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Swedish modernist poetry denotes modernist poetry of Swedish literature. It developed in the 1930s and 1940s. Distinguishing features was the lust to experiment, and to try a variety of styles, usually free verse ("verse" without rhyme or meter).

The lead figure of the modernists soon turned out to be Hjalmar Gullberg (1898–1961). He wrote many mystical and Christianity influenced collections, such as Andliga övningar (Spiritual Exercises, 1932), but continued to develop and published his greatest work, Ögon, läppar (Eyes, Lips), in 1959.

Other important modernistic poets were Artur Lundkvist (1906–1991), Gunnar Ekelöf (1907–1968), Edith Södergran (1892–1923) and Harry Martinson (1904–1978).

Gunnar Ekelöf has become described as Sweden's first surrealistic poet, after he debuted with the poetry collection sent på jorden in 1932, a work was too unconventional to become appreciated.[1] But Ekelöf moved towards romanticism and got betters reviews for his second poetry collection Dedikationen in 1934. A work that became influential for later Swedish poets was his Färjesång in 1941, a finely expressed blend of romanticism, surrealism and the dark clouds of the ongoing war.[1]

Edith Södergran did not achieve fame during her lifetime, but is today regarded as one of the foremost modernistic poets from the Nordic countries, and she has been translated into all major languages. Her first poetry collection was Dikter in 1916, but it was her second collection, Septemberlyran (1918) that caught the attention of a larger audience. It is distinguished by a kind of beauty that had not been seen for a long time. Södergran suffered from tuberculosis, which took her life as early as 1923.[1]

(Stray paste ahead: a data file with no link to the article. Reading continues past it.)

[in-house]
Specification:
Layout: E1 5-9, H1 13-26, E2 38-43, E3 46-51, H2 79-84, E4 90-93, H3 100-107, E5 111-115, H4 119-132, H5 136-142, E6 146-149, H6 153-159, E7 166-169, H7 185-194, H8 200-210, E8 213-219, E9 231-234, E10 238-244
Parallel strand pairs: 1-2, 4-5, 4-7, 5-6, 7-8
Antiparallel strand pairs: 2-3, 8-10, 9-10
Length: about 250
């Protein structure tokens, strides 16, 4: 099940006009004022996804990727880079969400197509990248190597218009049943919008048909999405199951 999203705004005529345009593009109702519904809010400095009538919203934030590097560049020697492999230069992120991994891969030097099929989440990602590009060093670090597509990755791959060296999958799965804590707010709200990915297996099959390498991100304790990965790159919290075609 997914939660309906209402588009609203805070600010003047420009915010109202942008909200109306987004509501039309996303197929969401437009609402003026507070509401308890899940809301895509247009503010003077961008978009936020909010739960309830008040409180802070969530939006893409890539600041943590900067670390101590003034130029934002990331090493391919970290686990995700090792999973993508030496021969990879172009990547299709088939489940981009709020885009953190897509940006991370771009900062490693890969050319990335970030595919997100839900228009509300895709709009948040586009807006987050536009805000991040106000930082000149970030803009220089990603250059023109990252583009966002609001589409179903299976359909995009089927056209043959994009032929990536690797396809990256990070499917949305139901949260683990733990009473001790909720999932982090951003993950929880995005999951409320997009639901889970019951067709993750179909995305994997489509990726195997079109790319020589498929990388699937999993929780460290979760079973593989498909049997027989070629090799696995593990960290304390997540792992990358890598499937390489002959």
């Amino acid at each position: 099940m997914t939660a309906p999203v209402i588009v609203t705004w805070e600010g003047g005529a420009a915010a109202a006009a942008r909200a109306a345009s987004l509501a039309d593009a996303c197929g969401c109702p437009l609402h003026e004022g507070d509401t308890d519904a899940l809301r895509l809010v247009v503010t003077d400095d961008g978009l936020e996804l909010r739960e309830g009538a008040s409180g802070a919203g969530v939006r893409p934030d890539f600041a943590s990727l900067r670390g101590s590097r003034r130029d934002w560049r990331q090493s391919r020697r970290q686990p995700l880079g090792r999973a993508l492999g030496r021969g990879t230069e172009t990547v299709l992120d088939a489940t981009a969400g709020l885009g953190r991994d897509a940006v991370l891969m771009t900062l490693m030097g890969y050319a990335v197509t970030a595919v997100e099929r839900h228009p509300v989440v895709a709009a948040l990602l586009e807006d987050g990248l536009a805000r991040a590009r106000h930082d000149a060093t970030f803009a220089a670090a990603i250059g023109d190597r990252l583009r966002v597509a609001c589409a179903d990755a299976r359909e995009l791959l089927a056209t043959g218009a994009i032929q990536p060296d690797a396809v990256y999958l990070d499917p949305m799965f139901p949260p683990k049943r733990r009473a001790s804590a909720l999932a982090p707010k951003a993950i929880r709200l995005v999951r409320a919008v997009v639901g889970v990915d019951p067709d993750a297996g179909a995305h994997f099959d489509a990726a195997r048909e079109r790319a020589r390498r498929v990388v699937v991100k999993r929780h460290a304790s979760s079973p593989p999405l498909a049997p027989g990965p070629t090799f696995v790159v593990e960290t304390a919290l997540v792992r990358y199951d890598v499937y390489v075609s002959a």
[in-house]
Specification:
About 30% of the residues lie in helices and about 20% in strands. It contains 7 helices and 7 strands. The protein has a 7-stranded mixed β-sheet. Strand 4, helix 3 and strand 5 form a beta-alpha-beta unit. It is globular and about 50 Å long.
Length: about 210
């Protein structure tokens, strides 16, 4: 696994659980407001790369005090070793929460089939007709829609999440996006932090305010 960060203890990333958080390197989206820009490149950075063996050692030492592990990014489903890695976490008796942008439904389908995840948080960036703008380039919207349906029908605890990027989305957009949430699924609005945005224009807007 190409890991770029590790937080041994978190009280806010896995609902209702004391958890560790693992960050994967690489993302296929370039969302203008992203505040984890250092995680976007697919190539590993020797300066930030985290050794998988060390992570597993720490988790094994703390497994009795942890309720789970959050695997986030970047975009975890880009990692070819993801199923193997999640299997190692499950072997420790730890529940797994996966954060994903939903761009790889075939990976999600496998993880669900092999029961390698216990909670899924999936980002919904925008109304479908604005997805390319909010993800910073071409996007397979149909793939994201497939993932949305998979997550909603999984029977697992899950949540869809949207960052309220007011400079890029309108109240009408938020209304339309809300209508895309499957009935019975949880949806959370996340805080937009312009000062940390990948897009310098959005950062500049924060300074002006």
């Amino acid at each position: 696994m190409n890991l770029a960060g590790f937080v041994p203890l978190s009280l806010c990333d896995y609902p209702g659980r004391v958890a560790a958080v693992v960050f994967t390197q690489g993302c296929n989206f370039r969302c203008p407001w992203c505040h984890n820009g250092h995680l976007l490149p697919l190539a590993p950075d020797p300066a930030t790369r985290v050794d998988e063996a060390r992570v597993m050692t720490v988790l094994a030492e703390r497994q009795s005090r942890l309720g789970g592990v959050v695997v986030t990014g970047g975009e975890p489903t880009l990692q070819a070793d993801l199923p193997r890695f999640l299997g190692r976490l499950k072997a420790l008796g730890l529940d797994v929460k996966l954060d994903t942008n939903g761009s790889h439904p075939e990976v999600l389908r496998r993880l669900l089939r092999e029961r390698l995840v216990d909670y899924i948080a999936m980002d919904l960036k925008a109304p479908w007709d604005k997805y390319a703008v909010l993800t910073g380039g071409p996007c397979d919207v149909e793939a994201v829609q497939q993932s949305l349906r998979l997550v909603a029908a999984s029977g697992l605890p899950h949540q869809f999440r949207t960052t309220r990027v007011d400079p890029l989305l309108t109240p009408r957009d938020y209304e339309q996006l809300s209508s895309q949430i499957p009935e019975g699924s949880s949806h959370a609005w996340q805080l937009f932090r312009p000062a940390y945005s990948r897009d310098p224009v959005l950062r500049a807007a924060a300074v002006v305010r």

Harry Martinson had an unparalleled feeling of nature, in the spirit of Linnaeus. As typical for his generation, he wrote with a free prosody, not bound by rhymes and syllables. A classic work was the autobiographical Flowering Nettles, in 1935. His most remarkable work was however Aniara, 1956, a story of a spaceship drifting through space.[2]

The arguably most famous Swedish poet of the 20th century is otherwise Tomas Tranströmer (1931–). His poetry is distinguished by a Christian mysticism, moving on the verge between dream and reality, the physical and the metaphysical.[3]

References Edit

  • Algulin, Ingemar, A History of Swedish Literature, published by the Swedish Institute, 1989. ISBN 91-520-0239-X
  • Gustafson, Alrik, A History of Swedish Literature (2 volumes), 1961.
  • Lönnroth, L., Delblanc S., Göransson, S. Den svenska litteraturen (ed.), 3 volumes (1999)
  • Swedish Institute, Modern Literature, accessed October 17, 2006
  • Tigerstedt, E.N., Svensk litteraturhistoria (Tryckindustri AB, Solna, 1971)

NotesEdit

  1. 1.0 1.1 1.2 Lundkvist, Martinsson, Ekelöf, by Espmark & Olsson, in Delblanc, Lönnroth, Göransson, vol 3
  2. Algulin, p.230-231
  3. Poeten dold i Bilden, Lilja & Schiöler, in Lönnroth, Delblanc & Göransson (ed.), vol 3, pp.342-370

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